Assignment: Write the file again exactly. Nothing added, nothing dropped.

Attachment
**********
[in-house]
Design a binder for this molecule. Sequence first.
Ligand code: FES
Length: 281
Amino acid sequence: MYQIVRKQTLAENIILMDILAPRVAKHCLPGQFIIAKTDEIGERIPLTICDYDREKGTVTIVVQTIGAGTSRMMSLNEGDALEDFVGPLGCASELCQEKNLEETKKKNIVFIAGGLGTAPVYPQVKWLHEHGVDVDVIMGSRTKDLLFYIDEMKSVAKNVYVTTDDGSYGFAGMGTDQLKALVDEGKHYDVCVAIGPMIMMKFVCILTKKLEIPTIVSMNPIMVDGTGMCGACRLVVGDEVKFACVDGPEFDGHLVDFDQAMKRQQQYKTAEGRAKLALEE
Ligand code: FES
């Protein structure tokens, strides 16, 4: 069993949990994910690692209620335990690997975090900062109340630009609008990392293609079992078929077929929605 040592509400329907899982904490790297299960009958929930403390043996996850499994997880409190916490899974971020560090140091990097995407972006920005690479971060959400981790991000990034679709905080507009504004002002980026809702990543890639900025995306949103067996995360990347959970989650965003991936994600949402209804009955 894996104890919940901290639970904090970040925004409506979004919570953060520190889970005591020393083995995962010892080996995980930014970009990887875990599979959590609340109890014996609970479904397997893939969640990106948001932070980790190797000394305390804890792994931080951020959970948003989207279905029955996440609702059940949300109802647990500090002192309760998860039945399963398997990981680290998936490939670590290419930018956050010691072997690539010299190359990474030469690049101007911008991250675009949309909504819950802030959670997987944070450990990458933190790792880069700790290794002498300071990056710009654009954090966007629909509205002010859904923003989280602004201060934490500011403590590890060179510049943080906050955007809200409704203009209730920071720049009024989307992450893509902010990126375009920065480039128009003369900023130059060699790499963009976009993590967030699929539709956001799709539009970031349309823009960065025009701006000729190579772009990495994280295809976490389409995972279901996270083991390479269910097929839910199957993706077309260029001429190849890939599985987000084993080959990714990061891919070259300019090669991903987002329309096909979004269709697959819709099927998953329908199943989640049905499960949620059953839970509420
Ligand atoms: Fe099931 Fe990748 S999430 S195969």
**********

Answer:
[in-house]
Design a binder for this molecule. Sequence first.
Ligand code: FES
Length: 281
Amino acid sequence: MYQIVRKQTLAENIILMDILAPRVAKHCLPGQFIIAKTDEIGERIPLTICDYDREKGTVTIVVQTIGAGTSRMMSLNEGDALEDFVGPLGCASELCQEKNLEETKKKNIVFIAGGLGTAPVYPQVKWLHEHGVDVDVIMGSRTKDLLFYIDEMKSVAKNVYVTTDDGSYGFAGMGTDQLKALVDEGKHYDVCVAIGPMIMMKFVCILTKKLEIPTIVSMNPIMVDGTGMCGACRLVVGDEVKFACVDGPEFDGHLVDFDQAMKRQQQYKTAEGRAKLALEE
Ligand code: FES
């Protein structure tokens, strides 16, 4: 069993949990994910690692209620335990690997975090900062109340630009609008990392293609079992078929077929929605 040592509400329907899982904490790297299960009958929930403390043996996850499994997880409190916490899974971020560090140091990097995407972006920005690479971060959400981790991000990034679709905080507009504004002002980026809702990543890639900025995306949103067996995360990347959970989650965003991936994600949402209804009955 894996104890919940901290639970904090970040925004409506979004919570953060520190889970005591020393083995995962010892080996995980930014970009990887875990599979959590609340109890014996609970479904397997893939969640990106948001932070980790190797000394305390804890792994931080951020959970948003989207279905029955996440609702059940949300109802647990500090002192309760998860039945399963398997990981680290998936490939670590290419930018956050010691072997690539010299190359990474030469690049101007911008991250675009949309909504819950802030959670997987944070450990990458933190790792880069700790290794002498300071990056710009654009954090966007629909509205002010859904923003989280602004201060934490500011403590590890060179510049943080906050955007809200409704203009209730920071720049009024989307992450893509902010990126375009920065480039128009003369900023130059060699790499963009976009993590967030699929539709956001799709539009970031349309823009960065025009701006000729190579772009990495994280295809976490389409995972279901996270083991390479269910097929839910199957993706077309260029001429190849890939599985987000084993080959990714990061891919070259300019090669991903987002329309096909979004269709697959819709099927998953329908199943989640049905499960949620059953839970509420
Ligand atoms: Fe099931 Fe990748 S999430 S195969």